Choosing a lens will have a dramatic effect on your depth of field. Lenses below the 60mm range are capable of attaining a large depth of field. (wide angle lenses) The DOF affect attained with lenses above 60mm will be less and when combining a 160mm+ lens on a DSLR, perfect Depth of field is virtually impossible. This is a principle of physics.
After reading this article, when in the field, try attaining a sharp image front to back with a 200mm lens on a DSLR. You will quickly see that it is impossible, due to the way the plane of the lens lies on the camera. It’s nothing you did wrong as long as the majority of the image is in focus. I’ll discuss options to attain DOF when using long lenses later.
I’ll try making this as simple as possible, but you need to understand exactly what aperture is, in order to be successful attaining proper Depth of field.
The aperture setting refers to the hole that the light passes through when the shutter opens, similar to the iris in our eyes. You can change this setting in camera. These settings are referred to as F stops. F-stop is the focal length divided by the diameter of the lens. F stops are typically written as F/4 etc.. meaning focal-length over 4 or focal-length divided by four.
Each F stop one lets in 1/2 as much light as the previous one. The progression of F-stops, 1 – 1.4 – 2 – 2.8 – 4 – 5.6 – 8 – 11 – 16 – 22 – 32, are powers of the square root of 2.
In the field, you decide on how you want your image to appear. Do you want the image to be sharp front to back or do you want a sharp subject and less sharp background. If you make the decision to make the background less sharp, to accentuate the subject, what level of “unsharpened” do you want the background to be? (This is why we need to think when we photograph… slow down and calculate what you are trying to attain in each image).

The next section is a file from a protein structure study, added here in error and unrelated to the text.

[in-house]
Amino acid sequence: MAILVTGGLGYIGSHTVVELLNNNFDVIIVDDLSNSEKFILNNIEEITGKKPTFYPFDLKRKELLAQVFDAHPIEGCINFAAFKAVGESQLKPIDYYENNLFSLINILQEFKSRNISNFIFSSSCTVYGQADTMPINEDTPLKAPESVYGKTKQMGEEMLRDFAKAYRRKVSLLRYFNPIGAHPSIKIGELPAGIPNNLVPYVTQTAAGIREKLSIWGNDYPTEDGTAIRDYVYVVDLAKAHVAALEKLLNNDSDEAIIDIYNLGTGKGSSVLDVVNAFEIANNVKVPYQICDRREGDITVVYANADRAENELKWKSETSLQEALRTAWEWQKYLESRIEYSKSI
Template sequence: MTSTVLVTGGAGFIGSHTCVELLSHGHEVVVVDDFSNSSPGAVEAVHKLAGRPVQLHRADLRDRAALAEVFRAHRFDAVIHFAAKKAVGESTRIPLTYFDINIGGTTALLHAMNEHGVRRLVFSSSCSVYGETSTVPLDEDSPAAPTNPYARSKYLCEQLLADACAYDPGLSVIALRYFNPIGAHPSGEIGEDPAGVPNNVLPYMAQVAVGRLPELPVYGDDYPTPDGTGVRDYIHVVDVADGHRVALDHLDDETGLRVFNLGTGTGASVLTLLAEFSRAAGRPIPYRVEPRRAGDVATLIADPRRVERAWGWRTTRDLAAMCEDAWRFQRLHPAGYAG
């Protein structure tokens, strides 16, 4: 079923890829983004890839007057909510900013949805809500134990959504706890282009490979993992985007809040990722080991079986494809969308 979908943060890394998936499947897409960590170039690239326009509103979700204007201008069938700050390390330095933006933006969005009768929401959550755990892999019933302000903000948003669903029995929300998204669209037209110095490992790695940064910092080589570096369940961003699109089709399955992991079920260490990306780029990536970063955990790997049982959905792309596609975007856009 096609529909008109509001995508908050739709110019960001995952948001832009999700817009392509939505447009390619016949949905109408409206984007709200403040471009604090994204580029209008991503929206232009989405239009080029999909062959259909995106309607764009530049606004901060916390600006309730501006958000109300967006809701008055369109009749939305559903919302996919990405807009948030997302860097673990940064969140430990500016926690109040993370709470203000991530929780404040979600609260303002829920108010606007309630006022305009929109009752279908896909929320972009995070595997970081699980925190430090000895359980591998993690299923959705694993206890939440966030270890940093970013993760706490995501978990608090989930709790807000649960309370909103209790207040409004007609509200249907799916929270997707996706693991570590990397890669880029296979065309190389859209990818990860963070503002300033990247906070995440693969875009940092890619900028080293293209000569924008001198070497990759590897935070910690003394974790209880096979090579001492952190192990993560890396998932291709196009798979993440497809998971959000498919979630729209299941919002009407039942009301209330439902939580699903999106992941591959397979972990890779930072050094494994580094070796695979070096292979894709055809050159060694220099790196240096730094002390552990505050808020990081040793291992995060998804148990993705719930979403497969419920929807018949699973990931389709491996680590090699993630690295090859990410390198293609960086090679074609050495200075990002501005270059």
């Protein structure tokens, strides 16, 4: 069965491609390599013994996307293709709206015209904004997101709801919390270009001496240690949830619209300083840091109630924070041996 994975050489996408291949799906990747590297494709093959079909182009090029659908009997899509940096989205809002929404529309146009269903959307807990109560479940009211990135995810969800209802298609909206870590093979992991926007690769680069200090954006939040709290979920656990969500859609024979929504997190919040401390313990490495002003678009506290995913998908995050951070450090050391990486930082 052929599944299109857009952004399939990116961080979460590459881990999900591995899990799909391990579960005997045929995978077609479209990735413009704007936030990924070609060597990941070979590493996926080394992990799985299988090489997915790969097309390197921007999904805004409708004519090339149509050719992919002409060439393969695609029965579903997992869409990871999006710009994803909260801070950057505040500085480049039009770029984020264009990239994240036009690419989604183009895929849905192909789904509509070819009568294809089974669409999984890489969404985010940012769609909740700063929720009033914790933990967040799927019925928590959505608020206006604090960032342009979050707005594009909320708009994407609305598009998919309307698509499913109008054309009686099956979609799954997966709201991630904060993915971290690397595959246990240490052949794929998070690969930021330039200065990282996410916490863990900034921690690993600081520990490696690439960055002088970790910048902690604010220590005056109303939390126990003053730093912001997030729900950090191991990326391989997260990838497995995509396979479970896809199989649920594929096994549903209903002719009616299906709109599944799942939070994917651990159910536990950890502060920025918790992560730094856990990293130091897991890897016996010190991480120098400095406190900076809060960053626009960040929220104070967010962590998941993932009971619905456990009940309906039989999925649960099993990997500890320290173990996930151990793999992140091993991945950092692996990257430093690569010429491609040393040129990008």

Think about this…Not all great landscape images are shot at F22 !
Aperture setting dictates what shutter speed you have. F8 at a 125th sec is exactly the same exposure as… F at 11/ 60th … or … F5.6 at 250th sec… however the aperture (F stop settings) determine the depth of field.
Which do you like?.. It’s really up to you!
1) On a windy day, shooting at F16 or F22 can you attain a shutter speed high enough to freeze the blowing grasses?
2) If a scene is too dark and you need a large Depth of field (F22) meter open enough to focus, then adjust the shutter speed for the aperture you want.
The rule of thumb is, the larger the F stop (F16), the smaller the aperture, and the more Depth of field you have. Conversely, the smaller the F stop (F4), the larger the aperture, and the less depth of field. Yes, there are counterintuitive to our thinking but you’ll get used to how these setting work pretty quickly.
SETTING THE DEPTH OF FIELD
I strongly recommend that nature photographers use only two modes to make photographs on their camera. These are the manual mode or aperture priority mode
I strongly recommend that if you do not have a camera with a depth of field preview button, look to upgrade to one that does. This button is invaluable… What it does is that it stops the lens down to the shooting aperture and shows you, through the viewfinder how the depth of field will appear in the photograph. Without this button , when looking through your lens you’re looking at the widest aperture the lens will provide, not the depth of field that the aperture setting you’ve chosen will represent.
Note:—if your camera is set in the AUTO FOCUS mode——your camera will negate all your hard work setting the DOF manually. A while ago, I was conducting a workshop and a participant asked why when he focus correctly, and uses his Depthof Field Button (DOF) to check his DOF and his images still turn out blurry. Well he had his camera set to auto focus, and when he pressed down on the shutter release the lens went into auto focus mode, thus canceling out all the work he did manually to create the image he wanted.
Here is an easy technique to make images sharp from front to back, (remember this is a discussion when using lenses under 60mm!)
“OK, AT F16 my viewfinder is so dark when the DOF button is pressed that I can’ t see the image, let alone the adjust of the depth of field”